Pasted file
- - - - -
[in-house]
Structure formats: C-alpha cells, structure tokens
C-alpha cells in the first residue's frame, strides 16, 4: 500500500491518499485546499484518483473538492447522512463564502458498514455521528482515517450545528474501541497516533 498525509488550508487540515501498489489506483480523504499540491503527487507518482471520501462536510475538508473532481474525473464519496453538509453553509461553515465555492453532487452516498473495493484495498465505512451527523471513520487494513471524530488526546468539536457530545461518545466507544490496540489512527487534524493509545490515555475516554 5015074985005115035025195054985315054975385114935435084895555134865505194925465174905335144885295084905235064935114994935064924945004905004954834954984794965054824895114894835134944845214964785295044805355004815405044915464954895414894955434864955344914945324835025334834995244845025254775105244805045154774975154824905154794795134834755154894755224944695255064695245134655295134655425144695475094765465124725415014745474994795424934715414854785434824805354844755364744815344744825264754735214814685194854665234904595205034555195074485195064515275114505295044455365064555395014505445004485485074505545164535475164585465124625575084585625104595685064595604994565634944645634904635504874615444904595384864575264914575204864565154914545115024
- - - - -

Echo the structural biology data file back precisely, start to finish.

[in-house]
Structure formats: C-alpha cells, structure tokens
C-alpha cells in the first residue's frame, strides 16, 4: 500500500491518499485546499484518483473538492447522512463564502458498514455521528482515517450545528474501541497516533 498525509488550508487540515501498489489506483480523504499540491503527487507518482471520501462536510475538508473532481474525473464519496453538509453553509461553515465555492453532487452516498473495493484495498465505512451527523471513520487494513471524530488526546468539536457530545461518545466507544490496540489512527487534524493509545490515555475516554 5015074985005115035025195054985315054975385114935435084895555134865505194925465174905335144885295084905235064935114994935064924945004905004954834954984794965054824895114894835134944845214964785295044805355004815405044915464954895414894955434864955344914945324835025334834995244845025254775105244805045154774975154824905154794795134834755154894755224944695255064695245134655295134655425144695475094765465124725415014745474994795424934715414854785434824805354844755364744815344744825264754735214814685194854665234904595205034555195074485195064515275114505295044455365064555395014505445004485485074505545164535475164585465124625575084585625104595685064595604994565634944645634904635504874615444904595384864575264914575204864565154914545115024